- Social coaching: Children with ADHD often do not pick up on the social cues that allow them to make and keep friends easily. Caring adults in their lives can coach them, helping them focus on the polite, socially acceptable things to do. This can help your child to keep friends and avoid the loneliness many kids with ADHD suffer.
- Diet therapy: There is disagreement on whether special diets help children with ADHD. There are many books and articles about the Feingold diet, which was started by pediatrician Dr. Benjamin Feingold. He says that certain foods and things put in foods are linked to behavior problems seen in ADHD. Most doctors and self-help organizations do not recommend this approach
- Massage therapy: Some research has shown that massage therapy may help with on-task behavior in the classroom and reduce depression and anxiety.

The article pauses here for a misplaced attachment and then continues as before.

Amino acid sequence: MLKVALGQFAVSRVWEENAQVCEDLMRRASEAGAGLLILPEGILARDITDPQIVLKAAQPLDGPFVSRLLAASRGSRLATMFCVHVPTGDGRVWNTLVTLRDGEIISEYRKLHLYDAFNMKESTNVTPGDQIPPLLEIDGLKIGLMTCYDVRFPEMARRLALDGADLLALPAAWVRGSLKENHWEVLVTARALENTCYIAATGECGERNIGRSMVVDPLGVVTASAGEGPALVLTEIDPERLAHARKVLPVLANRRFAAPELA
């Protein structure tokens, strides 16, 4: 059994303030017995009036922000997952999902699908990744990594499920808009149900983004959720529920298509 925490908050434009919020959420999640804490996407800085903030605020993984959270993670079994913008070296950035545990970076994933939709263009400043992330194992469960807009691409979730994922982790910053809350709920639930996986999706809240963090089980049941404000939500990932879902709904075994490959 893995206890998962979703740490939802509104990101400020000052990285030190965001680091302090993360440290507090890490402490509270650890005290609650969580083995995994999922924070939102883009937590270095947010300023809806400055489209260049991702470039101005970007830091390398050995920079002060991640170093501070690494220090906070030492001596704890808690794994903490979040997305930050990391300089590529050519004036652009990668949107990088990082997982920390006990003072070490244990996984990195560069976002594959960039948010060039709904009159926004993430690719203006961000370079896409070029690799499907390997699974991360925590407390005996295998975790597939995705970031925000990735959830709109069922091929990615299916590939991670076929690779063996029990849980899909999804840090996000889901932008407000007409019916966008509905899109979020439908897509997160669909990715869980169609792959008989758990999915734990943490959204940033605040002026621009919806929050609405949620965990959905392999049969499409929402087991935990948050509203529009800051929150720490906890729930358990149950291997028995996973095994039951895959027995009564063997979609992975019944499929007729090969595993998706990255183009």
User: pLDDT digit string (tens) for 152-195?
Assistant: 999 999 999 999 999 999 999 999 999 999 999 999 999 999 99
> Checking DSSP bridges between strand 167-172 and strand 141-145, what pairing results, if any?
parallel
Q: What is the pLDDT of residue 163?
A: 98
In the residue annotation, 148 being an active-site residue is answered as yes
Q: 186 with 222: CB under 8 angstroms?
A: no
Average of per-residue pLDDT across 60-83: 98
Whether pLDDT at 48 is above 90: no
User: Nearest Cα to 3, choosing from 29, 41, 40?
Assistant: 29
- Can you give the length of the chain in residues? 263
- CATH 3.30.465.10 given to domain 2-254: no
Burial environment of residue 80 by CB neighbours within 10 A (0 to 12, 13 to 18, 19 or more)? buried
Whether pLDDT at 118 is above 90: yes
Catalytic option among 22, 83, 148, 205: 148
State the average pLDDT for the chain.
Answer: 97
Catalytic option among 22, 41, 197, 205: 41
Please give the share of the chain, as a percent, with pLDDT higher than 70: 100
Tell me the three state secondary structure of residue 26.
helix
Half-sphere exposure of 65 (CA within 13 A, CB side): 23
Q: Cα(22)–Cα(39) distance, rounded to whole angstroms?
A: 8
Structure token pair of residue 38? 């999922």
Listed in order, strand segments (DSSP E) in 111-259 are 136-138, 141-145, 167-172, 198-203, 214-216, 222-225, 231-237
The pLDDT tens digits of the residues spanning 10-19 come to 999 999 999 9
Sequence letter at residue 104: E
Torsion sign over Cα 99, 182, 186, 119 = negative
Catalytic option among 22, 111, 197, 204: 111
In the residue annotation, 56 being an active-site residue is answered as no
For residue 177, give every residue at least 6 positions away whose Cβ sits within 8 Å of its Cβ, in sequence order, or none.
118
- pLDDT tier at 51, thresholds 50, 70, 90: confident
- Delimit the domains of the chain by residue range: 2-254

- Tai Chi: A series of Chinese mind-body relaxation exercises. They can help children with ADHD use up some of their boundless energy so they can concentrate better.
Who are some professionals my child may need to see?
Your child may need to see many different health care specialists. For example:
- Pediatrician: A doctor who specializes in treating children. The word “pediatric” in front of a professional’s title means he or she works with children.
- Developmental and behavioral pediatrician: A doctor who has studied childhood behavior and developmental disorders such as ADHD as well as specializing in childhood physical diseases and illnesses.
- Pediatric neurologist: A doctor who specializes in treating children with disorders of the brain and nervous system.